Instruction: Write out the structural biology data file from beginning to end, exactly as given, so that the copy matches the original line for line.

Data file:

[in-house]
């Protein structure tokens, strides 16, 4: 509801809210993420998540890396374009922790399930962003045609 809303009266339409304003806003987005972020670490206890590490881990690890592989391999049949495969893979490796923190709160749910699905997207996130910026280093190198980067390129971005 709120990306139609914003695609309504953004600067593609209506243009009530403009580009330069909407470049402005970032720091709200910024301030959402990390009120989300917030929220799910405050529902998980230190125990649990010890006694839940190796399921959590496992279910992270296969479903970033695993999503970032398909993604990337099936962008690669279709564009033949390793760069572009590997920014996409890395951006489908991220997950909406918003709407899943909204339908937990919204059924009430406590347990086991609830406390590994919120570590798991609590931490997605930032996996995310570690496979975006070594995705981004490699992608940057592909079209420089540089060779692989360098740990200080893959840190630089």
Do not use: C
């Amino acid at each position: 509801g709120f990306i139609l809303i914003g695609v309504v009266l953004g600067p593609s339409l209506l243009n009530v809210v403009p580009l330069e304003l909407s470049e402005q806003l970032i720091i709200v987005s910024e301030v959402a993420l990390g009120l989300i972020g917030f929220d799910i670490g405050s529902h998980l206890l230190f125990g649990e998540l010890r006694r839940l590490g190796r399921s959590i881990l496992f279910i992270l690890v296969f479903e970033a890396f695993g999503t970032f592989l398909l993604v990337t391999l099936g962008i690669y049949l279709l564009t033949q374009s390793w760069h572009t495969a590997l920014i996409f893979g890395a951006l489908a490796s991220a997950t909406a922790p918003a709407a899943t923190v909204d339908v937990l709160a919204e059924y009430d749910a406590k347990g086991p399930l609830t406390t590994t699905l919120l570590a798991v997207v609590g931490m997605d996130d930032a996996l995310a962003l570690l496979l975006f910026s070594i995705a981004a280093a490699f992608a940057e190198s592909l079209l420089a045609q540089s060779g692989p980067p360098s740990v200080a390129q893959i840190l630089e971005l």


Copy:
[in-house]
């Protein structure tokens, strides 16, 4: 509801809210993420998540890396374009922790399930962003045609 809303009266339409304003806003987005972020670490206890590490881990690890592989391999049949495969893979490796923190709160749910699905997207996130910026280093190198980067390129971005 709120990306139609914003695609309504953004600067593609209506243009009530403009580009330069909407470049402005970032720091709200910024301030959402990390009120989300917030929220799910405050529902998980230190125990649990010890006694839940190796399921959590496992279910992270296969479903970033695993999503970032398909993604990337099936962008690669279709564009033949390793760069572009590997920014996409890395951006489908991220997950909406918003709407899943909204339908937990919204059924009430406590347990086991609830406390590994919120570590798991609590931490997605930032996996995310570690496979975006070594995705981004490699992608940057592909079209420089540089060779692989360098740990200080893959840190630089």
Do not use: C
């Amino acid at each position: 509801g709120f990306i139609l809303i914003g695609v309504v009266l953004g600067p593609s339409l209506l243009n009530v809210v403009p580009l330069e304003l909407s470049e402005q806003l970032i720091i709200v987005s910024e301030v959402a993420l990390g009120l989300i972020g917030f929220d799910i670490g405050s529902h998980l206890l230190f125990g649990e998540l010890r006694r839940l590490g190796r399921s959590i881990l496992f279910i992270l690890v296969f479903e970033a890396f695993g999503t970032f592989l398909l993604v990337t391999l099936g962008i690669y049949l279709l564009t033949q374009s390793w760069h572009t495969a590997l920014i996409f893979g890395a951006l489908a490796s991220a997950t909406a922790p918003a709407a899943t923190v909204d339908v937990l709160a919204e059924y009430d749910a406590k347990g086991p399930l609830t406390t590994t699905l919120l570590a798991v997207v609590g931490m997605d996130d930032a996996l995310a962003l570690l496979l975006f910026s070594i995705a981004a280093a490699f992608a940057e190198s592909l079209l420089a045609q540089s060779g692989p980067p360098s740990v200080a390129q893959i840190l630089e971005l």